SCOPE: Iron deficiency (ID) compromises the health of infants worldwide. Although readily treated with iron, concerns remain about the persistence of some effects. Metabolic and gut microbial consequences of infantile ID were investigated in juvenile monkeys after natural recovery (pID) from iron deficiency or post-treatment with iron dextran and B vitamins (pID+Fe). METHODS AND RESULTS: Metabolomic profiling of urine and plasma is conducted with 1 H nuclear magnetic resonance (NMR) spectroscopy. Gut microbiota are characterized from rectal swabs by amplicon sequencing of the 16S rRNA gene. Urinary metabolic profiles of pID monkeys significantly differed from pID+Fe and continuously iron-sufficient controls (IS) with higher maltose and lower amounts of microbial-derived metabolites. Persistent differences in energy metabolism are apparent from the plasma metabolic phenotypes with greater reliance on anaerobic glycolysis in pID monkeys. Microbial profiling indicated higher abundances of Methanobrevibacter, Lachnobacterium, and Ruminococcus in pID monkeys and any history of ID resulted in a lower Prevotella abundance compared to the IS controls. CONCLUSIONS: Lingering metabolic and microbial effects are found after natural recovery from ID. These long-term biochemical derangements are not present in the pID+Fe animals emphasizing the importance of the early detection and treatment of early-life ID to ameliorate its chronic metabolic effects.

7.
Artigo em Inglês | MEDLINE | ID: mdl-33460909

RESUMO

Tyrosine plays a key role in mammalian biochemistry and defects in its metabolism (e.g., tyrosinemia, alkaptonuria etc.) have significant adverse consequences for those affected if left untreated. In addition, gut bacterially-derived p-cresol and its metabolites are of interest as a result of various effects on host xenobiotic metabolism. A fit-for-purpose quantitative ultra-performance liquid chromatography tandem mass spectrometry (UPLC-MS/MS) assay was developed to target and quantify tyrosine and eleven metabolites in urine and plasma. Dansylation, using dansyl chloride, was used to improve chromatographic and mass spectral properties for tyrosine and nine phenolic metabolites, with detection using positive electrospray ionisation (ESI). The sulfate and glucuronide conjugates of p-cresol, where the phenol group was blocked, were quantified intact, using negative ESI via polarity switching during the same run. Sample preparation for urine and plasma involved deproteinization by solvent precipitation (of acetonitrile:isopropyl alcohol (1:1 v/v)) followed by in situ dansylation in 96 well plates. To minimize sample and solvent usage, and maximize sensitivity, analysis was performed using microbore reversed-phase gradient UPLC on a C8 phase with a 7.5 min. cycle time. The coefficients of variation obtained were <15%, with lower limits of quantification ranging from 5 to 250 nM depending upon the analyte. The method was applied to plasma and urine samples obtained from mice placed on a high tyrosine diet with one subgroup of animals subsequently receiving antibiotics to suppress the gut microbiota. Whilst plasma profiles were largely unaffected by antibiotic treatment clear reductions in the amount of p-cresol sulfate and p-cresol glucuronide excreted in the urine were observed for these mice.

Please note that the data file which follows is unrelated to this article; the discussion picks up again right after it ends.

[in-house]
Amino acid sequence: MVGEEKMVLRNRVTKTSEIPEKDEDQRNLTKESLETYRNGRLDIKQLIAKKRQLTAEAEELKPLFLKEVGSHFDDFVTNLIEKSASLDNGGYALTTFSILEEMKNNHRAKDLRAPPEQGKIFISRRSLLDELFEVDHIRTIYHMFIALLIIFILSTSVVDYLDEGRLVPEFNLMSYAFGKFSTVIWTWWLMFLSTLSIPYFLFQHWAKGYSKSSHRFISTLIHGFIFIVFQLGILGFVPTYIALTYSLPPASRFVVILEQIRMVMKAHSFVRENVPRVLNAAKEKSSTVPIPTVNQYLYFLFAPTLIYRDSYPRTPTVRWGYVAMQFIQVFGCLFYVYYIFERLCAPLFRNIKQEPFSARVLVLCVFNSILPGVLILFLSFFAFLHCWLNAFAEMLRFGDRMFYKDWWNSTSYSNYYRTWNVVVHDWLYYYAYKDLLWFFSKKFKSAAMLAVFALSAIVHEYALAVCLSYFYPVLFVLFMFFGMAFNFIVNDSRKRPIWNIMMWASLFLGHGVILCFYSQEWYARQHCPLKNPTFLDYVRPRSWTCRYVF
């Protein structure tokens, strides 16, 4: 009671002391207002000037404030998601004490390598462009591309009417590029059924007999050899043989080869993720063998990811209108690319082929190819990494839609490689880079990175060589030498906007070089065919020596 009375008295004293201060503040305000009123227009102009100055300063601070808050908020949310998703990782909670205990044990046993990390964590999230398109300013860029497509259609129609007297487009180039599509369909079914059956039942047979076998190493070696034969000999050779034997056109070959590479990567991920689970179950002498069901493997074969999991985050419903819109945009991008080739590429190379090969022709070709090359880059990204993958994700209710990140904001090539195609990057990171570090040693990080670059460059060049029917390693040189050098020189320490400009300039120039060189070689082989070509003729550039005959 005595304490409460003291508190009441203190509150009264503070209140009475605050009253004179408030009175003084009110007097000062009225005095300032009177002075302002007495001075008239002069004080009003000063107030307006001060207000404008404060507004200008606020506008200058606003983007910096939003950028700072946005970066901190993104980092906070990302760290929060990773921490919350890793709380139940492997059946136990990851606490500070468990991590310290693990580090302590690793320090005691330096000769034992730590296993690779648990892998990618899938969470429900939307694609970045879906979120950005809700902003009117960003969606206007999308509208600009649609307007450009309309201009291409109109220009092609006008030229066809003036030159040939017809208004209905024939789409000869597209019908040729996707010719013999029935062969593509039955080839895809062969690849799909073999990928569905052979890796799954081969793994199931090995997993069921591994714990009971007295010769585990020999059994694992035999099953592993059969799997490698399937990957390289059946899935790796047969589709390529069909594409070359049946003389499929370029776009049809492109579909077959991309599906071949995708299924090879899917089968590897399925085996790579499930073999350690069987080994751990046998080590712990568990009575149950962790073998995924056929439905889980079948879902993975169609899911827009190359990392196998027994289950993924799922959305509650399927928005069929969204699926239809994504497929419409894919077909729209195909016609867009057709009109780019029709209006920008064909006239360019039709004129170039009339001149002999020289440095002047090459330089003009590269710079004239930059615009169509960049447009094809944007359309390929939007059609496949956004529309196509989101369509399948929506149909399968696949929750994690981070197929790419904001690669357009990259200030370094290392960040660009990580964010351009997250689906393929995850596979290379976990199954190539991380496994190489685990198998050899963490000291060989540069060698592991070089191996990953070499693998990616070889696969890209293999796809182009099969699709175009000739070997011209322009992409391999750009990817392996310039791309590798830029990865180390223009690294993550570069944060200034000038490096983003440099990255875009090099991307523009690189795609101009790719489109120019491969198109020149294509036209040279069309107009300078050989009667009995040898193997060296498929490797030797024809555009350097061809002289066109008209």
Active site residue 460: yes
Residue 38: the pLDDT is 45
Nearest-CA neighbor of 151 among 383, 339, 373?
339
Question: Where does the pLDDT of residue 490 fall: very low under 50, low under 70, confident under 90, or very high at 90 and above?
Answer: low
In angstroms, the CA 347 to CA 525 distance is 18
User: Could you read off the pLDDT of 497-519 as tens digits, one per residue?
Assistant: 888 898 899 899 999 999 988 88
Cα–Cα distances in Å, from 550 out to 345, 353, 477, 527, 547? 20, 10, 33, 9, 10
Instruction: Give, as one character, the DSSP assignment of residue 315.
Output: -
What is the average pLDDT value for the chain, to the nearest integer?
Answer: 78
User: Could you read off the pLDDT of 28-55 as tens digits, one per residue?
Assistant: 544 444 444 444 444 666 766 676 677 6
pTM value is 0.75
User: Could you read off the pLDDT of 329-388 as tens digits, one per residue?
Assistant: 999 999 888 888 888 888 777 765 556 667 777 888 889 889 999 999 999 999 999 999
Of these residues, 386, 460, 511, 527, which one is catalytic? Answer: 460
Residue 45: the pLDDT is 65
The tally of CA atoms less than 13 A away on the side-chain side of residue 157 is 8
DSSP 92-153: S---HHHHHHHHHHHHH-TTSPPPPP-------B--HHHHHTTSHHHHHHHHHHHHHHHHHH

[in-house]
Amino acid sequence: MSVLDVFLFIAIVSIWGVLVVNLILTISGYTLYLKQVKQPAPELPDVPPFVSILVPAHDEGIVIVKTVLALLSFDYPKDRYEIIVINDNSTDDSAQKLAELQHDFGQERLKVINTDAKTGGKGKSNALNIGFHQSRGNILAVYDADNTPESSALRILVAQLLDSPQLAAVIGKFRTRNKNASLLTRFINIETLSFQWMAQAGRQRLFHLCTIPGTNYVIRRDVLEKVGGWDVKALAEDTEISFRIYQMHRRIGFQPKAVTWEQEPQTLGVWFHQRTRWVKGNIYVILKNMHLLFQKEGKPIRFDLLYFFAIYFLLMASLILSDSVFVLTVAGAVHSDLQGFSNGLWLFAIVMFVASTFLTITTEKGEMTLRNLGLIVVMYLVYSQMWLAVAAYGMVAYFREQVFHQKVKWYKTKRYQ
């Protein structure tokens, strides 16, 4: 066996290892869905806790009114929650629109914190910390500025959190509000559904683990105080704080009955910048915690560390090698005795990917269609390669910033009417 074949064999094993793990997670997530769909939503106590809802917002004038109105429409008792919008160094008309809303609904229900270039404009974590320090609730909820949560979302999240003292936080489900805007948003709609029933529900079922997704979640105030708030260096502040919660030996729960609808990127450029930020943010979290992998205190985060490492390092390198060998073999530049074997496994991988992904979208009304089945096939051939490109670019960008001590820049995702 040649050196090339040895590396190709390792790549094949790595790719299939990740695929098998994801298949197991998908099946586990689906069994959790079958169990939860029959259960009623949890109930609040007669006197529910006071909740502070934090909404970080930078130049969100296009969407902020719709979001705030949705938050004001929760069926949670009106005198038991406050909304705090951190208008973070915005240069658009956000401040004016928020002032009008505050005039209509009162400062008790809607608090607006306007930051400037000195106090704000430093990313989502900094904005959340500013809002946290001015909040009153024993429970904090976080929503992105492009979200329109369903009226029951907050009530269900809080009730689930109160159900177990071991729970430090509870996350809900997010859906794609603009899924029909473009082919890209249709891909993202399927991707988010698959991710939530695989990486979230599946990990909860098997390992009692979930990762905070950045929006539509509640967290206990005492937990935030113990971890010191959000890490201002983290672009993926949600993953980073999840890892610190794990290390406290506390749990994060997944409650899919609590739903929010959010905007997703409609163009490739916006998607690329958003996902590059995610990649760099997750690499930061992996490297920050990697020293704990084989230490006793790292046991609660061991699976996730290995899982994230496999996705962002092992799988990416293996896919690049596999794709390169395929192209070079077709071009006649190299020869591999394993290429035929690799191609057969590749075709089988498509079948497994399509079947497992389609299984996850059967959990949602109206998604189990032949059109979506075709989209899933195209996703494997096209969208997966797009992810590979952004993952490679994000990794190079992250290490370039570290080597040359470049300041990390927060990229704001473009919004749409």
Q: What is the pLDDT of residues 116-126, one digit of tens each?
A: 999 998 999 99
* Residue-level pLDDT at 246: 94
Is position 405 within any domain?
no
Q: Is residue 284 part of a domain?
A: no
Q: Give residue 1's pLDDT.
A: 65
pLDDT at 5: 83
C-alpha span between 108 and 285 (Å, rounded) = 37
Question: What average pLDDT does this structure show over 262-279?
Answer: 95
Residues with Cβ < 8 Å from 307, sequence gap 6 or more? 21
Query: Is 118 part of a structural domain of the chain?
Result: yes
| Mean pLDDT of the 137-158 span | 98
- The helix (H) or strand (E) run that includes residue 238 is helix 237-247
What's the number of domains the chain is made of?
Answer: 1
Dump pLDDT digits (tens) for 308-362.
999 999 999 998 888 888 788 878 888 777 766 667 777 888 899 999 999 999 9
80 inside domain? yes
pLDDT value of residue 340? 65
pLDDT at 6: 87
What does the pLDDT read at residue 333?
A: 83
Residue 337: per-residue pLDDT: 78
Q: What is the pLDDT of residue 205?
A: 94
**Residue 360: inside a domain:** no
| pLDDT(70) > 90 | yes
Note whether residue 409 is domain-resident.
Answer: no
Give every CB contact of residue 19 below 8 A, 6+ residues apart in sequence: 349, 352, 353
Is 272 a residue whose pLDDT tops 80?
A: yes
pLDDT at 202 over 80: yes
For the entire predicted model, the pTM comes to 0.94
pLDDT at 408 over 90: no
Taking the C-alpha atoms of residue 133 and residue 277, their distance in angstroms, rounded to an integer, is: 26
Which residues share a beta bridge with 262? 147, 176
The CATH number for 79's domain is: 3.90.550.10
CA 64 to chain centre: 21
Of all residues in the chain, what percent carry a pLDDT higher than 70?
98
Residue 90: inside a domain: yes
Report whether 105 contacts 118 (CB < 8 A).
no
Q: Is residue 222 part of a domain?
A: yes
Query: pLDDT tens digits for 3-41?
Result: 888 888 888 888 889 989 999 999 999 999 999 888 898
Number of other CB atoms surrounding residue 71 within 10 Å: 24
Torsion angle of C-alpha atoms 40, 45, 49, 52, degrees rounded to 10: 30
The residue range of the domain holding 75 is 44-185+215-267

Assuntos
Antibacterianos/farmacologia , Cromatografia Líquida de Alta Pressão/métodos , Espectrometria de Massas em Tandem/métodos , Tirosina , Animais , Cresóis/sangue , Cresóis/metabolismo , Cresóis/urina , Compostos de Dansil , Feminino , Microbioma Gastrointestinal/efeitos dos fármacos , Microbioma Gastrointestinal/fisiologia , Limite de Detecção , Modelos Lineares , Camundongos , Camundongos Endogâmicos BALB C , Reprodutibilidade dos Testes , Tirosina/sangue , Tirosina/metabolismo , Tirosina/urina
8.
Alzheimers Res Ther ; 13(1): 20, 2021 01 09.
Artigo em Inglês | MEDLINE | ID: mdl-33422142

RESUMO